Among those in the crowd at Thursday’s Tax Day Tea Party were sign-wavers Lorene Dike of Chandler and Hilda Cotter of Malakoff. They were among about 75 who came to protest increasing federal taxes.

There was no tea to be seen, but plenty of sympathy for the taxpayer on the Henderson County Courthouse lawn Thursday.

The third annual Tax Day Tea Party gave the community a chance to speak out against rising income tax rates, even as others were dropping their returns at the post office.

At noon, about 75 citizens assembled to cheer each salvo fired across the bow of the government in Washington.

“Welcome to the United Socialist States of America,” Event Organizer David Hill said. “I hope that makes you as mad as it makes me.”

Hill said the men and women of our nation have fought totalitarianism in many forms. He vowed to work to keep it from being passed down from our own government.

“It’s not going to happen on my watch,” Hill said. “Not in my country.”

Andy Prior, Texas Chairman for the American Independent Party, compared exploding government debt to a pond being overtaken by an unwanted plant. He said a pond half-covered by the plant on the 29th day would be completely covered on day 30.  The work of the current congress is similar to that of the plant, Prior said. It will soon be too late to stop the effects that growing taxation will have on the citizen.

Prior announced the American Independent Party’s endorsement of Melissa Pehle-Hill for State Representative District 4. Pehle-Hill is currently attempting to get enough signatures to be on the ballot as an independent against Lance Gooden, who defeated incumbent Betty Brown in the March 2 Republican Primary.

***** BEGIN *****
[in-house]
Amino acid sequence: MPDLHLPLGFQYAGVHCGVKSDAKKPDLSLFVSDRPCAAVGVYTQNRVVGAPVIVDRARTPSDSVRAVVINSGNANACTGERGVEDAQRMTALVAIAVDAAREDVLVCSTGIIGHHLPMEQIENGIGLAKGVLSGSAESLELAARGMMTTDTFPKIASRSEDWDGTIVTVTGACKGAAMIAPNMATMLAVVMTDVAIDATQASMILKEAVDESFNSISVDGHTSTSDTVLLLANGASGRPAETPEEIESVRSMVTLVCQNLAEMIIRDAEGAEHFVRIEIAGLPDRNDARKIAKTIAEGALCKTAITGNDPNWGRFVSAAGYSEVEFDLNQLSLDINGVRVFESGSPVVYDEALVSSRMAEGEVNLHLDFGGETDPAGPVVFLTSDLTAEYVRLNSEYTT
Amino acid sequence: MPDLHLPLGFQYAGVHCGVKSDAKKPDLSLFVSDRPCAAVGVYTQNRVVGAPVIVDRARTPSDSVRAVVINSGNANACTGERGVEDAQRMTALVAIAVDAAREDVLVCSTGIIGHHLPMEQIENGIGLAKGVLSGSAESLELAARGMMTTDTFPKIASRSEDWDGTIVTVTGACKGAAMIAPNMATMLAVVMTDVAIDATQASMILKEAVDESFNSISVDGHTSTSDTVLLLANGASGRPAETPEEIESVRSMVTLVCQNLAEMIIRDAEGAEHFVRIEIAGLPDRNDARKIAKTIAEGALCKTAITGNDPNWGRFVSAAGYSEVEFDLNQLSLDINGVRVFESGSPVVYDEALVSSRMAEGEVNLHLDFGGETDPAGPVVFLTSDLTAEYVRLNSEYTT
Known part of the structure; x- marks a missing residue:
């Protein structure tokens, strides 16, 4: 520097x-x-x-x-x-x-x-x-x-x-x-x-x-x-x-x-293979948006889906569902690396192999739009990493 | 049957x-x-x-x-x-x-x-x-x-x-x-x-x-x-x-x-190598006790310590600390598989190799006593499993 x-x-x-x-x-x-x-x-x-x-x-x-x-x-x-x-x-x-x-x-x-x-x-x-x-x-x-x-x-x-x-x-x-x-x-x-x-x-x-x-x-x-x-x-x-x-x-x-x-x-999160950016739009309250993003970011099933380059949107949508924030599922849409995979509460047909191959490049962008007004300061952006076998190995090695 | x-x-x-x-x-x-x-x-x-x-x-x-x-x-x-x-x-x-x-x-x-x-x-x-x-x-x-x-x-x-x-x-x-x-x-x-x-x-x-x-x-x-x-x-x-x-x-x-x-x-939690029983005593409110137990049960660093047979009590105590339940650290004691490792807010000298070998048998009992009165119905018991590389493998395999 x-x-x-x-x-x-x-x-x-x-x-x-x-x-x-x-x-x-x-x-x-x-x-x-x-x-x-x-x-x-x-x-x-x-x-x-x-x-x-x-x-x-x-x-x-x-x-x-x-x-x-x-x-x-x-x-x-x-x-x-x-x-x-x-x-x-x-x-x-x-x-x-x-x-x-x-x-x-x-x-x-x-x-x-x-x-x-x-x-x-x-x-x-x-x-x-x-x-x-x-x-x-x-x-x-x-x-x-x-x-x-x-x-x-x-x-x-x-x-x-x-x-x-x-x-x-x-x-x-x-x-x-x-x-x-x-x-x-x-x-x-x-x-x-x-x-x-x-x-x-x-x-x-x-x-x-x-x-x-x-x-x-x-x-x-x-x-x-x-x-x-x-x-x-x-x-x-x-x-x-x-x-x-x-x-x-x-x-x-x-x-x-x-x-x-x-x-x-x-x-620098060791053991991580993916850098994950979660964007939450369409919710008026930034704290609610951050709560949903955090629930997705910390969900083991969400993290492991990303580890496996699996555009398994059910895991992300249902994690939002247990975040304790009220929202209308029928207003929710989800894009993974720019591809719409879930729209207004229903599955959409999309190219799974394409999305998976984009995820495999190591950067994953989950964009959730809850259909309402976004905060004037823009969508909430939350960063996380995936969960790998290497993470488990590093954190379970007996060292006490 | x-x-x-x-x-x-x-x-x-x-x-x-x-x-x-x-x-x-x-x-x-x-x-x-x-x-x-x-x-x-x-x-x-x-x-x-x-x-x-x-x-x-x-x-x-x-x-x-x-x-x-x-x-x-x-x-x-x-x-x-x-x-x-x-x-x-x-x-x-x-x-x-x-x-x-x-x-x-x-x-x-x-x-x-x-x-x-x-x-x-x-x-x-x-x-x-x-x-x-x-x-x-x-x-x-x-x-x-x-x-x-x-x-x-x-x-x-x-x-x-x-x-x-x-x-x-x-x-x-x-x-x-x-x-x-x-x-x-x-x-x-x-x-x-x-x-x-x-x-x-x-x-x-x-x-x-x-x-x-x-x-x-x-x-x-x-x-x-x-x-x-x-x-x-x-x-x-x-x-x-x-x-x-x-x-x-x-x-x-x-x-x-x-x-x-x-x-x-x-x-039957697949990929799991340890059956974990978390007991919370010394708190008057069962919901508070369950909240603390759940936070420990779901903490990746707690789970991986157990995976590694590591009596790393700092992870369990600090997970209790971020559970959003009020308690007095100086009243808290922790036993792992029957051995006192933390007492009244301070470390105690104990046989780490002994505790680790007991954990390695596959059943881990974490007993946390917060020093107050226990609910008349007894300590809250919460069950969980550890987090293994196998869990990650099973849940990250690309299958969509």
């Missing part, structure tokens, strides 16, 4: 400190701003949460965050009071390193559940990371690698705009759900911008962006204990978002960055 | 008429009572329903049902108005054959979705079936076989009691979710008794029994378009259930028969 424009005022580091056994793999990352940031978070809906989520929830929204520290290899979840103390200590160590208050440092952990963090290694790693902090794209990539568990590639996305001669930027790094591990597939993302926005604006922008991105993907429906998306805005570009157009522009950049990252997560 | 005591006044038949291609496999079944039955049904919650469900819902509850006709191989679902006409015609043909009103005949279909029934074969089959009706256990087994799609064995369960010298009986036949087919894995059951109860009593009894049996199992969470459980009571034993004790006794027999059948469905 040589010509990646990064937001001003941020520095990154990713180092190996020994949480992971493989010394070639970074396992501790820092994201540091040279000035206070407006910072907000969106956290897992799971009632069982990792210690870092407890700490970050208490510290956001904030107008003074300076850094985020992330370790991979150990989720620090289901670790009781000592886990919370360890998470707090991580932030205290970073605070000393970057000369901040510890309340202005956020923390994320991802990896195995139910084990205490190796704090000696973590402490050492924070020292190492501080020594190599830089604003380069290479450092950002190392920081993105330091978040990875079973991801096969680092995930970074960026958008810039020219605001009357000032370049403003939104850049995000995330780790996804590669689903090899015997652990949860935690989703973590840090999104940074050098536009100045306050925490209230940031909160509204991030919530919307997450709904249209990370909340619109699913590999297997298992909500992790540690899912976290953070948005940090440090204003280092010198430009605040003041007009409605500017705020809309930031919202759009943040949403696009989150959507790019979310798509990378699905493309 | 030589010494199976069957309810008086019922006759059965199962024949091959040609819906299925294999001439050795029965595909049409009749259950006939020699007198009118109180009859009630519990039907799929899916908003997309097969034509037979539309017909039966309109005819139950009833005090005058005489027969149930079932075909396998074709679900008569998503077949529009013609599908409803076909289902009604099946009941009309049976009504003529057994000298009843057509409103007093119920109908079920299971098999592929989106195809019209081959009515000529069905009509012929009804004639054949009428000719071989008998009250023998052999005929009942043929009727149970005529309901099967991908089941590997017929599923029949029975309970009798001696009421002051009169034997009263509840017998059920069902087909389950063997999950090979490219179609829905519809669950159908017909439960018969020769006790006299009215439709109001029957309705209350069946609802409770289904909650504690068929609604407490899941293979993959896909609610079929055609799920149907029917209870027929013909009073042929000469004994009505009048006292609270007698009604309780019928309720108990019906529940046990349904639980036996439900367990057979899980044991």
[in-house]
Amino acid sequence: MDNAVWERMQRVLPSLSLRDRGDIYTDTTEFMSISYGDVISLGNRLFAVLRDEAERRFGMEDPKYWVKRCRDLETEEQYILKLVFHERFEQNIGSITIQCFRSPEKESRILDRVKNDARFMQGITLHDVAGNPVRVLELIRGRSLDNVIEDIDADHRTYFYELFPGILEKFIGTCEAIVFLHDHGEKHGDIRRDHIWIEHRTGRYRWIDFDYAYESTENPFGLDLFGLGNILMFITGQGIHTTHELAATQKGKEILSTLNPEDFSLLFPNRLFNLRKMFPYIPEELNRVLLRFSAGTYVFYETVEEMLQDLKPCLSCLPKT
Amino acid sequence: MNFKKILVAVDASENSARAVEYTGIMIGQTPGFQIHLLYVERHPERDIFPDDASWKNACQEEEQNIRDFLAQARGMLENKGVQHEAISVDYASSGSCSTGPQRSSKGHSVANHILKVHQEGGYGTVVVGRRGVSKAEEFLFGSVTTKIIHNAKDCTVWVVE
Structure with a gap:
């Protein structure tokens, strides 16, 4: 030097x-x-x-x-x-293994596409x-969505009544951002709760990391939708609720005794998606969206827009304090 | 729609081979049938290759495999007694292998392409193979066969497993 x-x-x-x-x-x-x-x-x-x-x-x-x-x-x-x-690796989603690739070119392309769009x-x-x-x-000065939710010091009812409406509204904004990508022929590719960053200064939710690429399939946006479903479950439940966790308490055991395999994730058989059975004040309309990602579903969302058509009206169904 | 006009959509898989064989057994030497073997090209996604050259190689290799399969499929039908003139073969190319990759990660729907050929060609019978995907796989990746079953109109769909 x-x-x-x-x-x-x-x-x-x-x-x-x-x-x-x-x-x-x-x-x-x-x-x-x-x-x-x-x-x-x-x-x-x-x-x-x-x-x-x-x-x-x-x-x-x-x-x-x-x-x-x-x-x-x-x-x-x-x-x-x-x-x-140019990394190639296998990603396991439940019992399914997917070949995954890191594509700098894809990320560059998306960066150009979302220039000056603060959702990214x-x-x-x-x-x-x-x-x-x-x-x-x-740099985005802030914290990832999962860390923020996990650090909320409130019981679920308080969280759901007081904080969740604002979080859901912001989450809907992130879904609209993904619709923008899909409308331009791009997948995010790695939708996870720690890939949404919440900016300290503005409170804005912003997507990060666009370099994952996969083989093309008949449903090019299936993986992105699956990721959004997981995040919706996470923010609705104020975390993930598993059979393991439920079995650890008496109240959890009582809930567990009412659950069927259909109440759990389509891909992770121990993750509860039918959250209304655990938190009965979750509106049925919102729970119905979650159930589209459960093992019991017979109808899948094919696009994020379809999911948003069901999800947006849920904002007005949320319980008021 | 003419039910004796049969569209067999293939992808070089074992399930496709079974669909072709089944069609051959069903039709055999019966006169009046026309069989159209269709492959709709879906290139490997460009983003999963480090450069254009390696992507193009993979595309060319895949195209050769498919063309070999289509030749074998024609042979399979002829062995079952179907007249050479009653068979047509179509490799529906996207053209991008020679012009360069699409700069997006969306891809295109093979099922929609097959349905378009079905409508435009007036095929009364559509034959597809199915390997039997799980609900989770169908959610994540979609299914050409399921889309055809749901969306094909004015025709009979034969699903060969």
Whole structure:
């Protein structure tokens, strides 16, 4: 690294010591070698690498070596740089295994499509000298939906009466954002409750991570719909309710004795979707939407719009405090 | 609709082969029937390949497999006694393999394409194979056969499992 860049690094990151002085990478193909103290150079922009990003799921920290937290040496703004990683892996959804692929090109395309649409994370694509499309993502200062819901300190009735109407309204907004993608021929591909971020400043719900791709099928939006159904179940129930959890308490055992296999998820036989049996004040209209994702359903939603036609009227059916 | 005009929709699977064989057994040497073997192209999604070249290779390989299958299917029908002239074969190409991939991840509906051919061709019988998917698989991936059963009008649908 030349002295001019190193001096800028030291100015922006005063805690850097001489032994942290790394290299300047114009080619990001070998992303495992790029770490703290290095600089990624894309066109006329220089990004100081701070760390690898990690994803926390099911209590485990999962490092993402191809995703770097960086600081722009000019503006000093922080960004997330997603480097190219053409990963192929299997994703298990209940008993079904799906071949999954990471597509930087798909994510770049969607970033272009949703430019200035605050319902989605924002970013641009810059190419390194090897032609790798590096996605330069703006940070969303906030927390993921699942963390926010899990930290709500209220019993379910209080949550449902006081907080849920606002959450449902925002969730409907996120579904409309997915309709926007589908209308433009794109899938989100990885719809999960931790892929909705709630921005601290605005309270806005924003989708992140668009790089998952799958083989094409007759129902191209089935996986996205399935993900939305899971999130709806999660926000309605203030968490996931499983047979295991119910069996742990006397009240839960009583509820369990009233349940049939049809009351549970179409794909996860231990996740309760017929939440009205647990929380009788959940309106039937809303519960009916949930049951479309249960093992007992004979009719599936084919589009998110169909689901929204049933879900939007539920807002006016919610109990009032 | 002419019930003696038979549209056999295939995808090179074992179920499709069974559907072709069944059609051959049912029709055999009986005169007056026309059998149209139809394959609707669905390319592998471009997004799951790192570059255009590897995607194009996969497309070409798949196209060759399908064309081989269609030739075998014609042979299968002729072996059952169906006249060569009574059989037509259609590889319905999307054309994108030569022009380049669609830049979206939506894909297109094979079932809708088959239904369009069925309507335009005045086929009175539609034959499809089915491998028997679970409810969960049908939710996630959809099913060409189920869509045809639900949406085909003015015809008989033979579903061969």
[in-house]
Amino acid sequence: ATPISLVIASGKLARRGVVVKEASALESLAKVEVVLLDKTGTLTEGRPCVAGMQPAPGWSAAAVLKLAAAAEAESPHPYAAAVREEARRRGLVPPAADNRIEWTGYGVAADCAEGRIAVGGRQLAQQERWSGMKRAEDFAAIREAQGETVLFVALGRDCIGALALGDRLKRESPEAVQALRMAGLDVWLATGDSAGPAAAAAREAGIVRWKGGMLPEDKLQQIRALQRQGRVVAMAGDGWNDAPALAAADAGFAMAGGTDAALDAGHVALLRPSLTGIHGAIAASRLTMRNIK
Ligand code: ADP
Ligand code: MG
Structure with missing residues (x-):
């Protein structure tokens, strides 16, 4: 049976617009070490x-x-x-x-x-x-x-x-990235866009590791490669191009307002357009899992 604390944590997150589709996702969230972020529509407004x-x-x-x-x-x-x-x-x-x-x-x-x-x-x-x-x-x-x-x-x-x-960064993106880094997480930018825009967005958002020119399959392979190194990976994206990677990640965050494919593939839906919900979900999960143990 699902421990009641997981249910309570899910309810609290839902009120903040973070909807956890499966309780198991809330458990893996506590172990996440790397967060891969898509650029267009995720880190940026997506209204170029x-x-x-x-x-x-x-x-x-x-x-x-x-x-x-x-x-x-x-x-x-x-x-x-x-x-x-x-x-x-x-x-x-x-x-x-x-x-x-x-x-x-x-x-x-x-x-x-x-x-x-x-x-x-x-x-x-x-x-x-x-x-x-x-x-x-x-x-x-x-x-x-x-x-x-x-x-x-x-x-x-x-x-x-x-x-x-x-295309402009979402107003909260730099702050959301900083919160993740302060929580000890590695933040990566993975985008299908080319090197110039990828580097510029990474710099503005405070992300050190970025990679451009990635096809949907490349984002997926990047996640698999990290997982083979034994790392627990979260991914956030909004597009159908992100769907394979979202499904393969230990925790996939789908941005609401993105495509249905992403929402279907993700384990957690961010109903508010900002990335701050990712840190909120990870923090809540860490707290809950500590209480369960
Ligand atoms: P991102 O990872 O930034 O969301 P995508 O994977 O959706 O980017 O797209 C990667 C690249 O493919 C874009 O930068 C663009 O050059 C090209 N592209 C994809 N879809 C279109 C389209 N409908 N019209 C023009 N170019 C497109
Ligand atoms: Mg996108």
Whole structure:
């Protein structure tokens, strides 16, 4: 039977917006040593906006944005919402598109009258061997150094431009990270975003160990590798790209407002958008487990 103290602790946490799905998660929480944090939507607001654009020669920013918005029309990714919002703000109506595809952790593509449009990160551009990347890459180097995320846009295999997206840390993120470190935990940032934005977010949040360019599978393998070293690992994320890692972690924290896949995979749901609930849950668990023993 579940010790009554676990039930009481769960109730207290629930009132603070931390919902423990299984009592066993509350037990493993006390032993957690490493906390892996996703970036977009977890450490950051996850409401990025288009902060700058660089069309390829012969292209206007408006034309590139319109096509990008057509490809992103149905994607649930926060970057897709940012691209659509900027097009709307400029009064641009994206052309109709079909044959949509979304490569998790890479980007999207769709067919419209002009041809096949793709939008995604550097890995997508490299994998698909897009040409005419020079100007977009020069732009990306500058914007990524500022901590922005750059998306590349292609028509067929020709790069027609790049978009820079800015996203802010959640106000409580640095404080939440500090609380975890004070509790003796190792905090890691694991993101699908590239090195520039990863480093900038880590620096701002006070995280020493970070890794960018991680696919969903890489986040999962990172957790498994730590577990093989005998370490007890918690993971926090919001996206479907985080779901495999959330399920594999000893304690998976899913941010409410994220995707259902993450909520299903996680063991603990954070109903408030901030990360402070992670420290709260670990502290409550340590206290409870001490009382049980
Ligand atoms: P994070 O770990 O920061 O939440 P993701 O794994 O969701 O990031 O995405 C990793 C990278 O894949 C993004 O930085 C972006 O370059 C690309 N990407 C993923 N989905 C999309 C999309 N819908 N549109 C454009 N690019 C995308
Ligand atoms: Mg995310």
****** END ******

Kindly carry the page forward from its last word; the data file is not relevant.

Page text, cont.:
Pehle-Hill told the audience that the Republican Party is not fighting for the people. She said Gooden would not serve the people of the 4th District.

“You’ll find him in Houston where he lives five days a week,” Pehle-Hill said.

Pehle-Hill called for the Texas government to seal the border with Mexico, and make drastic cuts to the budget. She said the government should end property tax, calling it unconstitutional.

Several in the crowd held signs that signified the mood of those who had come to protest. The signs sported sayings like:

• Lenin was a community organizer;

• wealth distribution — to take from those who earned it, and give it to those who didn’t;

• save our piggy bank; and

• no taxation without representation.


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